mobile-bannertablet-bannerdesktop-banner
The site of Emmett Till's kidnapping, Money, Miss., 1955.
The site of Emmett Till's kidnapping, Money, Miss., 1955.Ed Clark—Time & Life Pictures/Getty Images
The site of Emmett Till's kidnapping, Money, Miss., 1955.
J.W. Milam’s brother Leslie owned this barn near Drew, Miss. Before his murder, Emmett Till was pistol-whipped in the barn.
The store in Money, Miss., where Emmett Till allegedly flirted with Roy Bryant’s wife Carolyn.
A ring found on Emmett Till's body, which his great-uncle, the Rev. Mose Wright, used to identify his body. The ring belonged to Till's father.
A scene in Mississippi around the time of the trial of Roy Bryant and J.W. Milam for the kidnapping and murder of Emmett Till, 1955.
Emmett Till's mother Mamie Bradley speaks to the press after her son's kidnapping and murder.
From left: Emmett Till's great-uncle, the Rev. Mose Wright; his mother Mamie Bradley; and his cousin Simeon Wright.
A crowd outside the Sumner, Miss., courthouse during the trial of Roy Bryant and J.W. Milam for the kidnapping and murder of 14-year-old Emmett Till.
Defendant J.W. Milam arrives at his trial in Sumner, Miss., where he is charged with the kidnapping and murder of Emmett Till.
A scene in Sumner, Miss., during the trial of Roy Bryant and J.W. Milam for the kidnapping and murder of Emmett Till.
A scene during the trial of Roy Bryant and J.W. Milam for the kidnapping and murder of Emmett Till.
A scene during the trial of Roy Bryant and J.W. Milam for the kidnapping and murder of Emmett Till.
Defendants Roy Bryant, left, and J.W. Milam during their trial for the kidnapping and murder of Emmett Till.
Defendant Roy Bryant sits with his wife Carolyn and their children during his trial for the kidnapping and murder of Emmett Till.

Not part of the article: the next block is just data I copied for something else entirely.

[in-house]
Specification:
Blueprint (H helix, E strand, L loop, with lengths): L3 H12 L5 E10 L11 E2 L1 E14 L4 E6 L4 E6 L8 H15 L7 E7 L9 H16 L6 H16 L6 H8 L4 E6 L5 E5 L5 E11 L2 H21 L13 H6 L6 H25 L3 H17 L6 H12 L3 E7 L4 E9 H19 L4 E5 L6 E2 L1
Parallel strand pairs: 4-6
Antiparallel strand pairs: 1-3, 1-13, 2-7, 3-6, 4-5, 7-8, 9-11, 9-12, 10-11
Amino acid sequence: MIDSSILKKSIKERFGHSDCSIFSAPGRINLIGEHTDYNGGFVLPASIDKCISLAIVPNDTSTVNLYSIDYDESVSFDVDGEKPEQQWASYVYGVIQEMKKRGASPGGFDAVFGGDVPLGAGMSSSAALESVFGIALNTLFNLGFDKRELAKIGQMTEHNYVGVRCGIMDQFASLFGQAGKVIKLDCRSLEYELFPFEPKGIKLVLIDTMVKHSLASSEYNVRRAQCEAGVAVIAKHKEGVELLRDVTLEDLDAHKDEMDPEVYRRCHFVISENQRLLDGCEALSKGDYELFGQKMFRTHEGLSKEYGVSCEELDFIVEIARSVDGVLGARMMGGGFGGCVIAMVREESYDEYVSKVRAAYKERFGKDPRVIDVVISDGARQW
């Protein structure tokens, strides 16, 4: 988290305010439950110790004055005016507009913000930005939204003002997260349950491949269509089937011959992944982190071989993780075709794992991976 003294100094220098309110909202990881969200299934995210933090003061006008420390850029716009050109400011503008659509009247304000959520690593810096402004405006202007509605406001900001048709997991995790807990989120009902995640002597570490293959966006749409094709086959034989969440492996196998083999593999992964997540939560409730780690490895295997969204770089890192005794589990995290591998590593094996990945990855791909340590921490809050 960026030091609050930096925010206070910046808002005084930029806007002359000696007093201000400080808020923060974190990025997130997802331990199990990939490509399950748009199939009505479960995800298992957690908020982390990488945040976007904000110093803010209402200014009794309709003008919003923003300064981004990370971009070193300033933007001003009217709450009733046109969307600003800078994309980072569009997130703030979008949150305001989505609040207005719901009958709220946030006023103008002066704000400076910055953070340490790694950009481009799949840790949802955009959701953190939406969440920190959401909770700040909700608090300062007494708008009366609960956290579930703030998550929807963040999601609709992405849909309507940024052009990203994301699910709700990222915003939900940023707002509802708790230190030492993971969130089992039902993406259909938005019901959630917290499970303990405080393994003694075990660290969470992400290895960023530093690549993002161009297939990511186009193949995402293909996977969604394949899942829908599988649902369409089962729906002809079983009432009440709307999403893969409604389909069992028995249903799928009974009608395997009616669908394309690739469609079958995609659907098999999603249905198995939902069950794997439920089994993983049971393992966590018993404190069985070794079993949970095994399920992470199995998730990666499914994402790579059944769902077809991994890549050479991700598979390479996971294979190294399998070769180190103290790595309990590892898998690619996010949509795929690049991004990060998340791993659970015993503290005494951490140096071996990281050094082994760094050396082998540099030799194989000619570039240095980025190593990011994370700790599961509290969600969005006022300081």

Defendants J.W. Milam (left) and Roy Bryant (right)sit during their trial for the kidnapping and murder of Emmett Till.
Defendant J.W. Milam kisses his wife Juanita during his trial for the kidnapping and murder of Emmett Till.
A sign in Sumner, Miss., site of the trial of Roy Bryant and J.W. Milam for the August 1955 kidnapping and murder of Emmett Till.
The site of Emmett Till's kidnapping, Money, Miss., 1955.
Ed Clark—Time & Life Pictures/Getty Images
1 of 17

A Savage Season in Mississippi: The Murder of Emmett Till

Aug 01, 2013

In the summer of 1955, two men, both of them white, abducted a 14-year-old African-American boy named Emmett Till from his great-uncle's house in Money, Miss. Roy Bryant and J.W. Milam beat Till almost to death, gouged out one of his eyes, shot him in the head and then dumped his body — weighted by an enormous cotton-gin fan tied with barbed wire — in the Tallahatchie River.

Their motive: Till, visiting from his native Chicago, had reportedly flirted with — or, according to some accounts, spoken "disrespectfully" — to Bryant's wife a few days before.

When an all-white, all-male jury acquitted Bryant and Milam of kidnapping and murder in September, the verdict shocked observers across the country and around the world. And when, mere months later, the men openly admitted to Look magazine that they had, in fact, mutilated and murdered Till, the outcry was so intense — and the reaction of Till's devastated family so dignified — that it lit a spark that helped ignite the modern civil rights movement.

[See TIME's multimedia tribute to MLK and the 1963 March on Washington, "One Dream."]

Liz Ronk, who edited this gallery, is the Photo Editor for LIFE.com. Follow her on Twitter @lizabethronk.

Emmett Till and his mother Mamie Bradley Library of Congress 
All products and services featured are based solely on editorial selection. TIME may receive compensation for some links to products and services on this website.